Monday Microscope: Tripped By Homophones

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This week’s Monday Microscope question pertains to homophones. Our reader Urmi asks:

I get very confused when it comes to certain words which seem similar- and I often end up using the wrong one. Please clarify how these words are to be used. ~Urmi

Homophones are words that sound the same but are not only spelled differently but mean entirely dissimilar things!

The five homophone examples Urmi sent us were indeed confusing. These five are not all either. In fact, there are a humongous bunch of of them in the English language, lying in wait for the unwary user!

Many of us, for whom English is the second or third language, end up using the wrong word in our writing. It makes sense to strengthen your writing skills in you want to be maintain your credibility and be taken seriously.

Lose vs. Loose

Lose – Present tense of lost… as in to be deprived of something or cease to have something; to cause someone to be deprived of something.

Incorrect: Loose that untidy hair by tomorrow or loose your chance to go with us to the swanky club!

Correct: Lose that untidy hair by tomorrow or lose your chance to go with us to the swanky club!

Loose – Not firmly or tightly fixed in place- like a loose bolt; to release or set free.

Incorrect: The dog’s collar was lose, so Bob tightened it.

Correct: The dog’s collar was loose, so Bob tightened it.

Its vs. It’s

Its – Possessive pronoun of an animal or something of a neutral gender.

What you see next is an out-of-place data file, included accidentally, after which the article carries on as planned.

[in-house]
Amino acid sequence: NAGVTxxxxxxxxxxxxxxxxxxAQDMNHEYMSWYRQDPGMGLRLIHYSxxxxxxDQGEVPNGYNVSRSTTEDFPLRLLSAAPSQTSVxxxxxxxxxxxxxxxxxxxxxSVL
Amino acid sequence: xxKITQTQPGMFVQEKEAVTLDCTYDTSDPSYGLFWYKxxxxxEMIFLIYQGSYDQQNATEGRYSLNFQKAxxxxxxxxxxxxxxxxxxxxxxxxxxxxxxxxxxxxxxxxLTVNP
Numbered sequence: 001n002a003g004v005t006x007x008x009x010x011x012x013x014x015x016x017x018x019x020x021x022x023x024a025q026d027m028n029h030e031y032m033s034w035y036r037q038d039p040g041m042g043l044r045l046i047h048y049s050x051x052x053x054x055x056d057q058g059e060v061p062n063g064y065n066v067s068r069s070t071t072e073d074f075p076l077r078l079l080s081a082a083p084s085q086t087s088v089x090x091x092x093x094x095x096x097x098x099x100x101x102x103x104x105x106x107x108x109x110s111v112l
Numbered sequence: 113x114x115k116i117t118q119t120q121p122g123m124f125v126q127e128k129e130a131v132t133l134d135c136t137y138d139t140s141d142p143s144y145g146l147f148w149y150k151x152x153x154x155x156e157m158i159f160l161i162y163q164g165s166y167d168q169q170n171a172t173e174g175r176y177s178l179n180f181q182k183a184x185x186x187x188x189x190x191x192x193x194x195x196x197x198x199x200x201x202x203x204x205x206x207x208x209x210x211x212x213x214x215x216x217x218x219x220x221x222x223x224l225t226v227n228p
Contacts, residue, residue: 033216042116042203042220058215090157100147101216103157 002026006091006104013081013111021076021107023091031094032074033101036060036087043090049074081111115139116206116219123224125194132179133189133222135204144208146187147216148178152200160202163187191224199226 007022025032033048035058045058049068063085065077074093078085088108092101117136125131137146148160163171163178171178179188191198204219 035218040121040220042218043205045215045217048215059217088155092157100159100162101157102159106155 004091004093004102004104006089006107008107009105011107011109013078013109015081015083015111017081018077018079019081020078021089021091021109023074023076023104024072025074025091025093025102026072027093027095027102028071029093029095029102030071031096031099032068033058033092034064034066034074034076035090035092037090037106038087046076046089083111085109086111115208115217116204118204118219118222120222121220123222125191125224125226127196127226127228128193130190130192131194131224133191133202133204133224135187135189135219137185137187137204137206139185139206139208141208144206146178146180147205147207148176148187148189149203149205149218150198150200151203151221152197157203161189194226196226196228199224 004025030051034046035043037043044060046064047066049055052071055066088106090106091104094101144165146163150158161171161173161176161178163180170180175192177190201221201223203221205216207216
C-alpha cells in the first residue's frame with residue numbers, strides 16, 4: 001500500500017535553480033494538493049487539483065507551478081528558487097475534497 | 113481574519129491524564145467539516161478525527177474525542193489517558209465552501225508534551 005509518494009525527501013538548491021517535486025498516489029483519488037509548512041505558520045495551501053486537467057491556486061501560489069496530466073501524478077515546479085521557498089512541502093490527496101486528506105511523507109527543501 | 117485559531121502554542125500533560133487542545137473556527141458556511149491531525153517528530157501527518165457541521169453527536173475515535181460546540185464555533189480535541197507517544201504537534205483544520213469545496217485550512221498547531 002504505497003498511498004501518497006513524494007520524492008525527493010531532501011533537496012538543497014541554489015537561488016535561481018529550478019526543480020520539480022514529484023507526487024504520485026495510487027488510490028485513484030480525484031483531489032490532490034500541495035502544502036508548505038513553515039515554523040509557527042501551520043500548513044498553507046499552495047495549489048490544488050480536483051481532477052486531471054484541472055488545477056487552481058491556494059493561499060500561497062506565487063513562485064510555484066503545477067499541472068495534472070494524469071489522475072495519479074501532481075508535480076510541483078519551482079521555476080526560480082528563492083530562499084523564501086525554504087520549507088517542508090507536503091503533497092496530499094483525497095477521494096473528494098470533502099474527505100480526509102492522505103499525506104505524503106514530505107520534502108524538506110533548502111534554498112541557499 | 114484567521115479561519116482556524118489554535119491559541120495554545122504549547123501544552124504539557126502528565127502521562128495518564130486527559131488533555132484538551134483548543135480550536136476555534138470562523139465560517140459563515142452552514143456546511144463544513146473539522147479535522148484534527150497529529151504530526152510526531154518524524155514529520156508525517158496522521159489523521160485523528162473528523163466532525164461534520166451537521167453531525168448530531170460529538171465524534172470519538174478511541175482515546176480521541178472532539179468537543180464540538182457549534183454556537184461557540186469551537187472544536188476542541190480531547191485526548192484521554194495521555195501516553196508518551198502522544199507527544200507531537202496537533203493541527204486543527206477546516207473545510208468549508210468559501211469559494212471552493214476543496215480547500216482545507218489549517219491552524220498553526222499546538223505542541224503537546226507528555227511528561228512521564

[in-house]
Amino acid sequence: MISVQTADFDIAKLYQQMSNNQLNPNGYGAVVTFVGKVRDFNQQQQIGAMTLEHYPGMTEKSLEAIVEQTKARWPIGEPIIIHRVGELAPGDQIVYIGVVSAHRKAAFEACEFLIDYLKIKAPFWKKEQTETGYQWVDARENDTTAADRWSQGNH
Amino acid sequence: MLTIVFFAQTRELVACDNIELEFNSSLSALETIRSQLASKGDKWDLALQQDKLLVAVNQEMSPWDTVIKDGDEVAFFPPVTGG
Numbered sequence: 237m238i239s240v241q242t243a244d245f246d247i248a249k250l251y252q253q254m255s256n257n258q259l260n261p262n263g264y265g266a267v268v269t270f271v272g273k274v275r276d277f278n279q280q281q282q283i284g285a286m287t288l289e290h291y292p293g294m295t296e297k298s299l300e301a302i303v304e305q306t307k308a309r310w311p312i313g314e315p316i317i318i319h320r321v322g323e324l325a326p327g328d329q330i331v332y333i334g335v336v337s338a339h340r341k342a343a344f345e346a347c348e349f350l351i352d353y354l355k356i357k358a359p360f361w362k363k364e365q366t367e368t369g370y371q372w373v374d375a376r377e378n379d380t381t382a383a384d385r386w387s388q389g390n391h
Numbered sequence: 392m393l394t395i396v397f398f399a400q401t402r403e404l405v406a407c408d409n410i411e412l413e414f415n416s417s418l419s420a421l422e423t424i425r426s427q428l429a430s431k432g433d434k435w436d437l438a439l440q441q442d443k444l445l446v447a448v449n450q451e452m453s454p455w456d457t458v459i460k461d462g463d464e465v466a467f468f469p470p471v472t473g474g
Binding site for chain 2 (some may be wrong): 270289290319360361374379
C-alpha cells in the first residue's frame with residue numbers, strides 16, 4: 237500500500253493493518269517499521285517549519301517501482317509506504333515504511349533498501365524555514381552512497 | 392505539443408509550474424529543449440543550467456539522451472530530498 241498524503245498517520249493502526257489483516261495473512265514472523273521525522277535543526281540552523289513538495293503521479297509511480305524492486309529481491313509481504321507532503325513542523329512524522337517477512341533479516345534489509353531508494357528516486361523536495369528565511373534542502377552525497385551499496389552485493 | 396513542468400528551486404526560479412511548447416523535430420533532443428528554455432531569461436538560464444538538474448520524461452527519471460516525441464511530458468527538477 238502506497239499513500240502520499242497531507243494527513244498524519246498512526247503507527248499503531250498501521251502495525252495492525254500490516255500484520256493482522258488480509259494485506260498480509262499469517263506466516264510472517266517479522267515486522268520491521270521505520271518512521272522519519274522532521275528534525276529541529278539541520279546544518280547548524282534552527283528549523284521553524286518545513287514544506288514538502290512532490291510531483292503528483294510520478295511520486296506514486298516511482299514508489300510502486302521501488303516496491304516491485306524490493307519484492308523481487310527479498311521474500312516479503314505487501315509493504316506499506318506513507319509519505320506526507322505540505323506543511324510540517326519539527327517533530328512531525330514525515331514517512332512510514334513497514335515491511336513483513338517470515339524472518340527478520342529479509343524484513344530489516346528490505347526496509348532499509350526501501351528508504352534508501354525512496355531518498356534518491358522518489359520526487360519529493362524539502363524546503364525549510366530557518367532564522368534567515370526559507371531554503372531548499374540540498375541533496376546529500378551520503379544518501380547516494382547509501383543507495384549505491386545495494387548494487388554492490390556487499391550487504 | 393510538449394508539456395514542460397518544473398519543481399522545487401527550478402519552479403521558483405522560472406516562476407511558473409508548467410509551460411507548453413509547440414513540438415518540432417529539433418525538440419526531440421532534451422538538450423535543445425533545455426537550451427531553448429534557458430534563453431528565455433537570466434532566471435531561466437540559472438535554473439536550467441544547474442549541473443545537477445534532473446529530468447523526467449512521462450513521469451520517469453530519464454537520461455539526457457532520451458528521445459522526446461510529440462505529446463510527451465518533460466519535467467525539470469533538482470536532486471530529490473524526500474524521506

Incorrect: This knife is useless; it’s blade is blunt.

Correct: This knife is useless; its blade is blunt.

It’s – Contraction of it is or it has.

Incorrect: Jimmy never misses his morning walk. Its his favorite part of the day.

Correct: Jimmy never misses his morning walk. It’s his favorite part of the day.

Your vs. You’re

Your – Possessive form of you (typically used before a noun).

IncorrectYou’re skirt is so beautiful!

CorrectYour skirt is so beautiful!

You’re – Contraction of you are.

IncorrectYour a wonderful writer!

CorrectYou’re a wonderful writer!

Their vs. They’re vs. There

Their – Possessive adjective indicating that something belongs to a group of two or more people.

Incorrect: Our team is highly motivated. They are determined to do there best in the competition tomorrow!

Correct: Our team is highly motivated. They are determined to do their best in the competition tomorrow!

They’re – Contraction of they are.

Incorrect: Where have they gone? Their at the mall.

Correct: Where have they gone? They’re at the mall.

There – Reference to the existence of something; a place or position.

Incorrect: Their is heavy rain in Mumbai today.

Correct: There is heavy rain in Mumbai today.

Affect vs. Effect

Affect – To have an effect on; make a difference to; an emotion or desire.

Incorrect: My hunger effects my behavior.

Correct: My hunger affects my behavior.

Effect – To bring about; to cause something to happen; a change that is a result of an action or cause.

Incorrect: Her presence has an incredible affect on him.

Correct: Her presence has an incredible effect on him.

This is hardly a comprehensive list. There are plenty of other homophones which are as confusing as the five above. There are many exhaustive lists available online that Google can pull up for you in a jiffy.

Homophones are definitely challenging. You may look up the meaning and usage today- and understand it perfectly well. But a week later, there you are, as confused as ever. It is most annoying.

Are there any homophones you’ve tripped over too?

Do feel free to send us your questions either by email or you can leave a comment here for us to cover it in the next Monday Microscope.

IMG-20180423-WA0003This week’s question has been answered by one of our core team members, Dagny, who is a passionate bibliophile. Her love for the written word is deep and enduring. The combination of language skills and love of books make her an efficient editor.  

One response to “Monday Microscope: Tripped By Homophones”

  1. […] errors: Tenses are the most common grammatical trip-ups. Subject-verb agreement errors, misused homophones and wrongly used apostrophes are pretty frequent […]

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